Playing it safe
Rashid Lombard, the chief executive of ESP Afrika and the festival director of the Cape Town International Jazz Festival, which takes place on March 30 and 31, deserves some credit.
Unlike most of us hacks who, when our tongues are greased with grown-up juices, talk up our plans at the time we should be asleep, Lombard’s talk didn’t stay that way. This former photojournalist has turned this annual festival, which he started in 2000, into a huge success. It draws more than 34 000 tourists to Cape Town, according to the festival’s website.
Last year’s event contributed R498-million to the Western Cape’s economy and created 2 700 jobs, according to Billy Domingo, the chief operating officer of ESP Afrika, also on the website.
In the same press release Alan Winde, the MEC for finance, economic development and tourism, gives a different figure of R463-million, but points out that “it has become the stage upon which the business world meets Cape Town, a place where international deals are brokered to the sounds of jazz saxophonists”.
It is perhaps understandable that the hard-working folk at the festival and their public relations people did not take too kindly to an opinion piece I wrote for the Mail & Guardian Online last weekend in which I compared this 13-year-old money-spinning festival unkindly with the upstart, “A Taste of Sónar”, an experimental and
electronic music evening at the Design Indaba.
The latter show, a mind-blast on Friday night at the gorgeous Cape Town City Hall, is linked to Sónar, an international electronic music festival that has been taking place in Barcelona in Spain since 1994.
The cutting edge
I have lusted over Sónar’s programmes since the beginning and read many reviews over the years and, for once, you can believe the propaganda you find on its website: “Sónar is an exceptional combination of entertainment, the cutting edge and experimentation and at each event its programme features major names in modern music, with an extensive international line-up of emerging artists.”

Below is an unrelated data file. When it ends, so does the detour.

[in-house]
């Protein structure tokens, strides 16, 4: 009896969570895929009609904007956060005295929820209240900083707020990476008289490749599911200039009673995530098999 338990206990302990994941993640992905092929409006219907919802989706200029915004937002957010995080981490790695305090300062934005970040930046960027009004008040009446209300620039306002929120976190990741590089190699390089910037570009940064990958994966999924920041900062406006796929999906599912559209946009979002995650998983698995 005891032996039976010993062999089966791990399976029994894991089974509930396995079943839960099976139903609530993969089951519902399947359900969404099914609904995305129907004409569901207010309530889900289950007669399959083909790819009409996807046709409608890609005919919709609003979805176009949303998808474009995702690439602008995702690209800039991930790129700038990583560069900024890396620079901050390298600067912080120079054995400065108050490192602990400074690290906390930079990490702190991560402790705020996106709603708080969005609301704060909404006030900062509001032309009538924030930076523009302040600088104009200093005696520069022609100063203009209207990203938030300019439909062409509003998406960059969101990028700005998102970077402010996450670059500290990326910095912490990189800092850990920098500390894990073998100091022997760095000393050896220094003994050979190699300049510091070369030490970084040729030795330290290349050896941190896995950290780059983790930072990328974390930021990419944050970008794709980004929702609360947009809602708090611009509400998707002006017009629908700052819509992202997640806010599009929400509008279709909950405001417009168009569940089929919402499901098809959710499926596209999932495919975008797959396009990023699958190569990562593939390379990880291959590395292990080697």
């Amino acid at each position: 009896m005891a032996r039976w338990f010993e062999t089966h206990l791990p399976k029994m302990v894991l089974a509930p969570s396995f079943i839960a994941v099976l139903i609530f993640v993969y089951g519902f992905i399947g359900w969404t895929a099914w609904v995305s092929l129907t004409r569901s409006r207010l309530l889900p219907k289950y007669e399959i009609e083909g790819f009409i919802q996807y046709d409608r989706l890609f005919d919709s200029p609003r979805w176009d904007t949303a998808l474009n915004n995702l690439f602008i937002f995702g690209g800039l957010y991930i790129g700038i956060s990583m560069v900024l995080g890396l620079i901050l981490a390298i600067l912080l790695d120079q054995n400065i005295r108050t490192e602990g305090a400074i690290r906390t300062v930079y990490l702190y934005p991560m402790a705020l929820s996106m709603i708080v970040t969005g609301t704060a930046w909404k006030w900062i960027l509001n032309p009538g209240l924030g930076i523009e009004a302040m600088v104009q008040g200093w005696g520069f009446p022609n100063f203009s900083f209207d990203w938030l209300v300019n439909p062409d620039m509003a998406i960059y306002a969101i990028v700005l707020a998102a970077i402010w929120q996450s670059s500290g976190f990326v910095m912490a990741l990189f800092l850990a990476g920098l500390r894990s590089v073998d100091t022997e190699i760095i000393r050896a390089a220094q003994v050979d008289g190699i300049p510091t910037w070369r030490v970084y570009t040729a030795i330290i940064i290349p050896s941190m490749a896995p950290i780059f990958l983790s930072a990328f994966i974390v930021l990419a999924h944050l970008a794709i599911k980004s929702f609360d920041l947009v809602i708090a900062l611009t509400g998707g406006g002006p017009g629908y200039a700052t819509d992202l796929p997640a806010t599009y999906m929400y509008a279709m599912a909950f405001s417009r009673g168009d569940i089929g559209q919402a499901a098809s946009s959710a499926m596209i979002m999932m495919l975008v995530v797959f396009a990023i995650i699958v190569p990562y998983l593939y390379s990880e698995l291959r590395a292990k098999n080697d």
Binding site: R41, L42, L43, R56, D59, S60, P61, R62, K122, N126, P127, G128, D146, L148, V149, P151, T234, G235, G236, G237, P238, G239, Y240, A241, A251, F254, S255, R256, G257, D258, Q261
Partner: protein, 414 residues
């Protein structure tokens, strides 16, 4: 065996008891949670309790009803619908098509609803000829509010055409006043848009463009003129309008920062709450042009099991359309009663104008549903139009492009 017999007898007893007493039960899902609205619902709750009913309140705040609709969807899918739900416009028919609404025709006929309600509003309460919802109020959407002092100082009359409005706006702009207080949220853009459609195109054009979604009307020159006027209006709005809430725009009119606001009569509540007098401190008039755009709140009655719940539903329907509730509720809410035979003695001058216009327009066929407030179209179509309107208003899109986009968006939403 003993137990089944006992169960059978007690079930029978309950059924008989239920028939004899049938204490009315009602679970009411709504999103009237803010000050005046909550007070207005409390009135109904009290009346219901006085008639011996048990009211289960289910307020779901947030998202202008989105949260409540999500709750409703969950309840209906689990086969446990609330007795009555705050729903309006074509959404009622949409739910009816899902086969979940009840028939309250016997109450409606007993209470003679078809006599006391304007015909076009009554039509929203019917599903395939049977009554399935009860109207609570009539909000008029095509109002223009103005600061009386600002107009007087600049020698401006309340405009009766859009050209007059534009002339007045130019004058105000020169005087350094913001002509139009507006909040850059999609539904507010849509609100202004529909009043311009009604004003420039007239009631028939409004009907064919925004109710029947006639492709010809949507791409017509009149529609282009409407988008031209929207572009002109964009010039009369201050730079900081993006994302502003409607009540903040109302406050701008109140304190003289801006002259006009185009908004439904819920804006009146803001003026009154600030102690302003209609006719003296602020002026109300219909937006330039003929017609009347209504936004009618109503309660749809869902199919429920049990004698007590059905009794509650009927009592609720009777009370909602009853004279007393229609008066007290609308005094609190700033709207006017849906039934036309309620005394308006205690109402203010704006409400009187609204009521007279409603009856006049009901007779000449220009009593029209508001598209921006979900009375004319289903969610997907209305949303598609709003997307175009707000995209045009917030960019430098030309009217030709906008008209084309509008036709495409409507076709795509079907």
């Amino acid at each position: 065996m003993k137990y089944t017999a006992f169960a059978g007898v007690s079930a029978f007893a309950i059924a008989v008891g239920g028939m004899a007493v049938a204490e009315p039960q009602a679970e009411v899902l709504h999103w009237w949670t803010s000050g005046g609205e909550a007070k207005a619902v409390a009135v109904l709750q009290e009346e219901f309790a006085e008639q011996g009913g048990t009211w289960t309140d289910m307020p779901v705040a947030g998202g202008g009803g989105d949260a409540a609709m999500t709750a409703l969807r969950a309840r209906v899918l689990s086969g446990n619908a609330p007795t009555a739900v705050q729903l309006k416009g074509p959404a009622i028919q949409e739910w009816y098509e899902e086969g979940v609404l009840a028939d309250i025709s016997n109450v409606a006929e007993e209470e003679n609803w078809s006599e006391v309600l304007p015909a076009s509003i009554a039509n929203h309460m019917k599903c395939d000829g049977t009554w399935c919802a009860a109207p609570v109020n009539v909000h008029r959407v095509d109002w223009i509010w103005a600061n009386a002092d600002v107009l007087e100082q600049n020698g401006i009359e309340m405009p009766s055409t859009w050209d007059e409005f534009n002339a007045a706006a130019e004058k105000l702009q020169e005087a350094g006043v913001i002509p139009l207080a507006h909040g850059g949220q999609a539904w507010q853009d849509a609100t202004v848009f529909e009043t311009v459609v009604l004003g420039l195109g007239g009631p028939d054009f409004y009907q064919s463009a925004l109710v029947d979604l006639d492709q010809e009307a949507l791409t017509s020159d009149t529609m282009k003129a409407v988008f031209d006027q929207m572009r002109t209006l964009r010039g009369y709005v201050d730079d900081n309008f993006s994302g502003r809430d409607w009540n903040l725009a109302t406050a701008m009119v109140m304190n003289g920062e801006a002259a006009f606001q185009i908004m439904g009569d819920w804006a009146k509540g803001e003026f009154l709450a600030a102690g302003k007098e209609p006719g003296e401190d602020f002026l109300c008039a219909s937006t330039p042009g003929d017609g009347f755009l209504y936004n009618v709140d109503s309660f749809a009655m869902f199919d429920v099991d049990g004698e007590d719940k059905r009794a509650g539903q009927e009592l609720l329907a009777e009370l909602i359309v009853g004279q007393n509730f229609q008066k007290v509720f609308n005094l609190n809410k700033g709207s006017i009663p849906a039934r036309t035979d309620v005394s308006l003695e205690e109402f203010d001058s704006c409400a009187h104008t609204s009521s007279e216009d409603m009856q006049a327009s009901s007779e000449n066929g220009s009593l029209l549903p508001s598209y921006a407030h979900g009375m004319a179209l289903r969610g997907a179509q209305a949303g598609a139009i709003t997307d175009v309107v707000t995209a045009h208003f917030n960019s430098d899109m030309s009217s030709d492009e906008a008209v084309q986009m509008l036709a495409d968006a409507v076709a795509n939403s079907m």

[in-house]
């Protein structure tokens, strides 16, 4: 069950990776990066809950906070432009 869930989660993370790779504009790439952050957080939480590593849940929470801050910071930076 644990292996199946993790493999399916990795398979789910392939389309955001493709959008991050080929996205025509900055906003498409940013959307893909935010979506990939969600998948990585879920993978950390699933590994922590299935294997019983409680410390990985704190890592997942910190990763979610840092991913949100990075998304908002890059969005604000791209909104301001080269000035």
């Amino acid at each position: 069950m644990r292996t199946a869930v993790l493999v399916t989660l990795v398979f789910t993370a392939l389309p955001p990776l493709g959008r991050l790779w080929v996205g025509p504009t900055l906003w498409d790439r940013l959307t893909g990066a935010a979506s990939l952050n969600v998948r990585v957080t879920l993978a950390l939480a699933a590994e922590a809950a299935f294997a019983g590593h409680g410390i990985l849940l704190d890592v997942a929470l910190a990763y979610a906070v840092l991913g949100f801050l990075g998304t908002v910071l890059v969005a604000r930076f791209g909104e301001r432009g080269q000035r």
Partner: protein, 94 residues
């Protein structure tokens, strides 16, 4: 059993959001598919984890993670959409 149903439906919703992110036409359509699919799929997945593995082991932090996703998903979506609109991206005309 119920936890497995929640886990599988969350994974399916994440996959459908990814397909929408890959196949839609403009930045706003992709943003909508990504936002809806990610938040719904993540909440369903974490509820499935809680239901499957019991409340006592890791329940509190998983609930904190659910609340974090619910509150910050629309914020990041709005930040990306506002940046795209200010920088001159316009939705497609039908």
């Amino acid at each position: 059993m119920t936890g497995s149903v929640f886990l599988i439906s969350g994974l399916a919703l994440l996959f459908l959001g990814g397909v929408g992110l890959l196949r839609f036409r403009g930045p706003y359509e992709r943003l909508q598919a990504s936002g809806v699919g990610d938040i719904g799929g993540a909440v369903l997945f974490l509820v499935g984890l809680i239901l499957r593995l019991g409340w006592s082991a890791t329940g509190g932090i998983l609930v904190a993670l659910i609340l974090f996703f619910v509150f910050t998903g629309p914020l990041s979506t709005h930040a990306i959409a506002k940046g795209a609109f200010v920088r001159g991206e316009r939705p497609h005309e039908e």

This formula of not compromising on the type of music that is highlighted has worked amazingly well for Sónar. It attracts an average of 80 000 visitors from across the world to its festival every year.
It has become so successful, that since 2002, it has been exporting “A Taste of Sónar” to London, Chicago, New York, Washington, Buenos Aires, São Paulo, Seoul, Lyón, Frankfurt, Hamburg, Lisbon, Rome and Tokyo. And now Cape Town.
Last Friday night’s thrilling show featured awe-inspiring sets from Modeselektor and Byetone from Germany, a too populist for my liking DJ set from the United Kingdom’s Massive Attack, and from home, our best avant-rock band, the BLK JKS, plus Das Kapital, Killer Robot and Fletcher in Dub.
When comparing the 13th Cape Town International Jazz Festival in my online opinion piece with “A Taste of Sónar”, I looked at the festival’s programme and called it “the freebie fest of the year, where elites ‘network’ with some jazz lite and other forms of bland music as a backdrop”, where we’ll be “treated to international has-beens dishing up blandness”.
“It has been watered down so much that anyone and any genre now fits under this huge, money-making umbrella: R&B, rap, Afropop, pop, yawn ... ! I know I am generalising—Jill Scott and Pharoahe Monch are worth the ticket to the show, but not an airline ticket from Jo’burg, in my view—but that is the general trend.